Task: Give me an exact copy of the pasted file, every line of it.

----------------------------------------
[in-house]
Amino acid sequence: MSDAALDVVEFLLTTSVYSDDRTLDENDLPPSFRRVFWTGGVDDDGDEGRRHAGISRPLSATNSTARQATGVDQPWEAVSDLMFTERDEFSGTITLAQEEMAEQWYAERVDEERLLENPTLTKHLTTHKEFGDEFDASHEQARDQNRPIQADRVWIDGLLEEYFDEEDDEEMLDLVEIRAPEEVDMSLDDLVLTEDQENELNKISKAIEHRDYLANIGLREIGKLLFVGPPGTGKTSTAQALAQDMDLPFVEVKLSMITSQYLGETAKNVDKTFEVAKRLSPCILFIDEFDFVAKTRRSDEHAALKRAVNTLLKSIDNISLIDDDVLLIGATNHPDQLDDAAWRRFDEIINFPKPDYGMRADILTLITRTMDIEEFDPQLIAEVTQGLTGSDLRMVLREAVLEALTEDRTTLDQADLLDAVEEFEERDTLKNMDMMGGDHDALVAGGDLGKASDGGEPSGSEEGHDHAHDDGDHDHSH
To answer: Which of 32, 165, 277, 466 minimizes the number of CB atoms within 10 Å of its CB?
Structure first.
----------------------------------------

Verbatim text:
[in-house]
Amino acid sequence: MSDAALDVVEFLLTTSVYSDDRTLDENDLPPSFRRVFWTGGVDDDGDEGRRHAGISRPLSATNSTARQATGVDQPWEAVSDLMFTERDEFSGTITLAQEEMAEQWYAERVDEERLLENPTLTKHLTTHKEFGDEFDASHEQARDQNRPIQADRVWIDGLLEEYFDEEDDEEMLDLVEIRAPEEVDMSLDDLVLTEDQENELNKISKAIEHRDYLANIGLREIGKLLFVGPPGTGKTSTAQALAQDMDLPFVEVKLSMITSQYLGETAKNVDKTFEVAKRLSPCILFIDEFDFVAKTRRSDEHAALKRAVNTLLKSIDNISLIDDDVLLIGATNHPDQLDDAAWRRFDEIINFPKPDYGMRADILTLITRTMDIEEFDPQLIAEVTQGLTGSDLRMVLREAVLEALTEDRTTLDQADLLDAVEEFEERDTLKNMDMMGGDHDALVAGGDLGKASDGGEPSGSEEGHDHAHDDGDHDHSH
To answer: Which of 32, 165, 277, 466 minimizes the number of CB atoms within 10 Å of its CB?
Structure first.